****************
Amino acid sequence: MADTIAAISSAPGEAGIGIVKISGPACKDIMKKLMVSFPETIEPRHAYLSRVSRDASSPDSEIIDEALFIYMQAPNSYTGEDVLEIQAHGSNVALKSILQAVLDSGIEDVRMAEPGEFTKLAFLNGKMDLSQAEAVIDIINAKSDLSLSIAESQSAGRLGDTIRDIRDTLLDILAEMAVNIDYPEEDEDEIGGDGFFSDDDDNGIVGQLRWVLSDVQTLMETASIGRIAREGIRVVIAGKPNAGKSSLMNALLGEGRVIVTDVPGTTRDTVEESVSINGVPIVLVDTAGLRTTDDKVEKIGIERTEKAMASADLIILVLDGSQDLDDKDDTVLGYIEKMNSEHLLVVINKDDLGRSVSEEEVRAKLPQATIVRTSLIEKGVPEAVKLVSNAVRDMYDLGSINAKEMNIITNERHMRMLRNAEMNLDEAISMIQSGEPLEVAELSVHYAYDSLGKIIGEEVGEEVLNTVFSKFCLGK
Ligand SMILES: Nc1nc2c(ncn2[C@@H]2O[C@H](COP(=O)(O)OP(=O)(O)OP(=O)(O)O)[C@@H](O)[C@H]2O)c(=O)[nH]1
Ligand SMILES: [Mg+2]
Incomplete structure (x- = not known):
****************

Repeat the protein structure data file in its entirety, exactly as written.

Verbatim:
Amino acid sequence: MADTIAAISSAPGEAGIGIVKISGPACKDIMKKLMVSFPETIEPRHAYLSRVSRDASSPDSEIIDEALFIYMQAPNSYTGEDVLEIQAHGSNVALKSILQAVLDSGIEDVRMAEPGEFTKLAFLNGKMDLSQAEAVIDIINAKSDLSLSIAESQSAGRLGDTIRDIRDTLLDILAEMAVNIDYPEEDEDEIGGDGFFSDDDDNGIVGQLRWVLSDVQTLMETASIGRIAREGIRVVIAGKPNAGKSSLMNALLGEGRVIVTDVPGTTRDTVEESVSINGVPIVLVDTAGLRTTDDKVEKIGIERTEKAMASADLIILVLDGSQDLDDKDDTVLGYIEKMNSEHLLVVINKDDLGRSVSEEEVRAKLPQATIVRTSLIEKGVPEAVKLVSNAVRDMYDLGSINAKEMNIITNERHMRMLRNAEMNLDEAISMIQSGEPLEVAELSVHYAYDSLGKIIGEEVGEEVLNTVFSKFCLGK
Ligand SMILES: Nc1nc2c(ncn2[C@@H]2O[C@H](COP(=O)(O)OP(=O)(O)OP(=O)(O)O)[C@@H](O)[C@H]2O)c(=O)[nH]1
Ligand SMILES: [Mg+2]
Incomplete structure (x- = not known):